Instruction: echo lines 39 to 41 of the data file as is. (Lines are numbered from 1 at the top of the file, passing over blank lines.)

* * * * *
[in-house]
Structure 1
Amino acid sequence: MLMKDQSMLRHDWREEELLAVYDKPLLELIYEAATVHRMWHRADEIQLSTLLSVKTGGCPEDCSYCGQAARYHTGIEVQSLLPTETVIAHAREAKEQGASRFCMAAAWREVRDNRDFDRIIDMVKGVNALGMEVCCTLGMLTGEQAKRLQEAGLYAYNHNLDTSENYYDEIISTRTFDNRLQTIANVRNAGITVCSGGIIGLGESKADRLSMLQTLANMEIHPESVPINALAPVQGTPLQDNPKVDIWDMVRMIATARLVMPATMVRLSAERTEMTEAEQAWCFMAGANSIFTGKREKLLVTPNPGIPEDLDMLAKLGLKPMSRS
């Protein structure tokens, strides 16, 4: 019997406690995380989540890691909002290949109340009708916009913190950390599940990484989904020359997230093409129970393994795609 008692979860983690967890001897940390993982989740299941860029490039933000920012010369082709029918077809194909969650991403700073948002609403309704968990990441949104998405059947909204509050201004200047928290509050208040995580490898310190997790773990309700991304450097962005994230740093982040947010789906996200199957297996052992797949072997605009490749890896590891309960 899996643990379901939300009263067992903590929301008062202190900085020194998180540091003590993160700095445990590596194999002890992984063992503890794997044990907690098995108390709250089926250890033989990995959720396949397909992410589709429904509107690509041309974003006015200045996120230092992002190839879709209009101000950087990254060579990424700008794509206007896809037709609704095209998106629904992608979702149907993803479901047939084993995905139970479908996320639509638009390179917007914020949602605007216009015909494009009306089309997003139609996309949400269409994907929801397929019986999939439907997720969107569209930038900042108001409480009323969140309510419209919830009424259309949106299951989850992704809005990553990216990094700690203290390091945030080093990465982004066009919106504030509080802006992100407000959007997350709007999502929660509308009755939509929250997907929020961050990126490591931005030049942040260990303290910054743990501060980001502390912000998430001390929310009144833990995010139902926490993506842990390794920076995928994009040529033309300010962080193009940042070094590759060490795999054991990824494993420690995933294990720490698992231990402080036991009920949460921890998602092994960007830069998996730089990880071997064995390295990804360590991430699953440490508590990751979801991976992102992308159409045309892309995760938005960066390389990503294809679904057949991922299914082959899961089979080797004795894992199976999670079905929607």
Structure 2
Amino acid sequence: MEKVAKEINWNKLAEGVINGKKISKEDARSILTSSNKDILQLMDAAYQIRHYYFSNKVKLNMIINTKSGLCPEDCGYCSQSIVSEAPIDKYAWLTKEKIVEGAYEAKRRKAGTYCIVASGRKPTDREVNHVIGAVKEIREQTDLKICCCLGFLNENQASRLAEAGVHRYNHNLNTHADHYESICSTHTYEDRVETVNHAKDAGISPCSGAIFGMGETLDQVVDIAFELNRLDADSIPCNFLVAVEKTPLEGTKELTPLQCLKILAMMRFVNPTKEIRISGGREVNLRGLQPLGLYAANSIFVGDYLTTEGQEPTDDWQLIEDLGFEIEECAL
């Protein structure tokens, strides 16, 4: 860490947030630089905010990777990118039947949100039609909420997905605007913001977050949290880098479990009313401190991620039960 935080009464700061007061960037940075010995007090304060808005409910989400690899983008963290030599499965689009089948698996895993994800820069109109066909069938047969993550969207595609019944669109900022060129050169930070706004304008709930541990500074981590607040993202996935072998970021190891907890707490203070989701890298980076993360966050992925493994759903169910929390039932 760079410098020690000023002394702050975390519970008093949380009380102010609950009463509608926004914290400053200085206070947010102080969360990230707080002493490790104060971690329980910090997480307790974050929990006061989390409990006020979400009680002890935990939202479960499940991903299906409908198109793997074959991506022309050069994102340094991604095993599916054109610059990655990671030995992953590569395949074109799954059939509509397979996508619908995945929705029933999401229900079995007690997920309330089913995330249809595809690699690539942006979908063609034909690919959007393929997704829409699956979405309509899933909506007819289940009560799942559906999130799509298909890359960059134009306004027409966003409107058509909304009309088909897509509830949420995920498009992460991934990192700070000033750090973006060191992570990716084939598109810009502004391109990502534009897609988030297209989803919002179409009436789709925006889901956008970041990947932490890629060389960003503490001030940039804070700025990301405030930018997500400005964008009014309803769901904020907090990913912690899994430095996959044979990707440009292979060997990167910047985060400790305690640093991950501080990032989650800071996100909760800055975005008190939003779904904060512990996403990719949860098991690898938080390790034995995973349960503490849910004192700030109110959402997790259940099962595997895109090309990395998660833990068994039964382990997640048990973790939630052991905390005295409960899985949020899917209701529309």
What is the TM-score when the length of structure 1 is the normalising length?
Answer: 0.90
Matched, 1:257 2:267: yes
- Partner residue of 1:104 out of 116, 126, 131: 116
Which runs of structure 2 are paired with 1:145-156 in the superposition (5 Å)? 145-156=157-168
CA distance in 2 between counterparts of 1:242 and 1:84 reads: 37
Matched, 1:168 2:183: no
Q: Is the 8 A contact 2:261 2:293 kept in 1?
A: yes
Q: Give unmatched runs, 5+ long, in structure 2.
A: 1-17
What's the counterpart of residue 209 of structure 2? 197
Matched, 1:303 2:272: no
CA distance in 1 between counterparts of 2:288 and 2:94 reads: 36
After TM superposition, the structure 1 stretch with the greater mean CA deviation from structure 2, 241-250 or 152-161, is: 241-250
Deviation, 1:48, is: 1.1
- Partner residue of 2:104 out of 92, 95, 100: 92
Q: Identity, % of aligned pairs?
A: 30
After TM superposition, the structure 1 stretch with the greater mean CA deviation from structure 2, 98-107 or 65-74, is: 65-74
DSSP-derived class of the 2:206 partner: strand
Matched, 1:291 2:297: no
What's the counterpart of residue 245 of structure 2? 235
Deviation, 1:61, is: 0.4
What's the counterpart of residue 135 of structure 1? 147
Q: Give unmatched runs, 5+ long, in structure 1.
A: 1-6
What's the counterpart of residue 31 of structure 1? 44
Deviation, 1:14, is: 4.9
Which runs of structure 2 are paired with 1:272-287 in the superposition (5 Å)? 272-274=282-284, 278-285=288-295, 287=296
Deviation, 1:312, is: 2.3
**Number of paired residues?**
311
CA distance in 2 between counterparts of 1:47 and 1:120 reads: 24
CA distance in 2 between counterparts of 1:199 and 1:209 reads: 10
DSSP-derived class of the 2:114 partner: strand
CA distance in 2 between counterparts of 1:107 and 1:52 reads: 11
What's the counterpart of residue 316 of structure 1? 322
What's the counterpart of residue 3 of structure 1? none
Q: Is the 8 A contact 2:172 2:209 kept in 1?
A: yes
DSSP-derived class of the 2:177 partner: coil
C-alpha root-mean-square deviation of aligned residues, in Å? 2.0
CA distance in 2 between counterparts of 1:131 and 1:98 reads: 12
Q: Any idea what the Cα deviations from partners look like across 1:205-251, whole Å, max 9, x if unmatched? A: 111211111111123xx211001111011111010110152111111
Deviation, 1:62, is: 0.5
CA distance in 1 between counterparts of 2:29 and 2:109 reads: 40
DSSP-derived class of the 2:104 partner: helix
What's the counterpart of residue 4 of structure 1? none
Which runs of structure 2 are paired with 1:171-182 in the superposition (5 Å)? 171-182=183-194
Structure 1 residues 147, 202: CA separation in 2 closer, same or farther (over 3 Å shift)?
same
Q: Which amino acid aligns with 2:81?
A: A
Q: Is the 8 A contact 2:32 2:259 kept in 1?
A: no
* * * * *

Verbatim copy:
**Number of paired residues?**
311
CA distance in 2 between counterparts of 1:47 and 1:120 reads: 24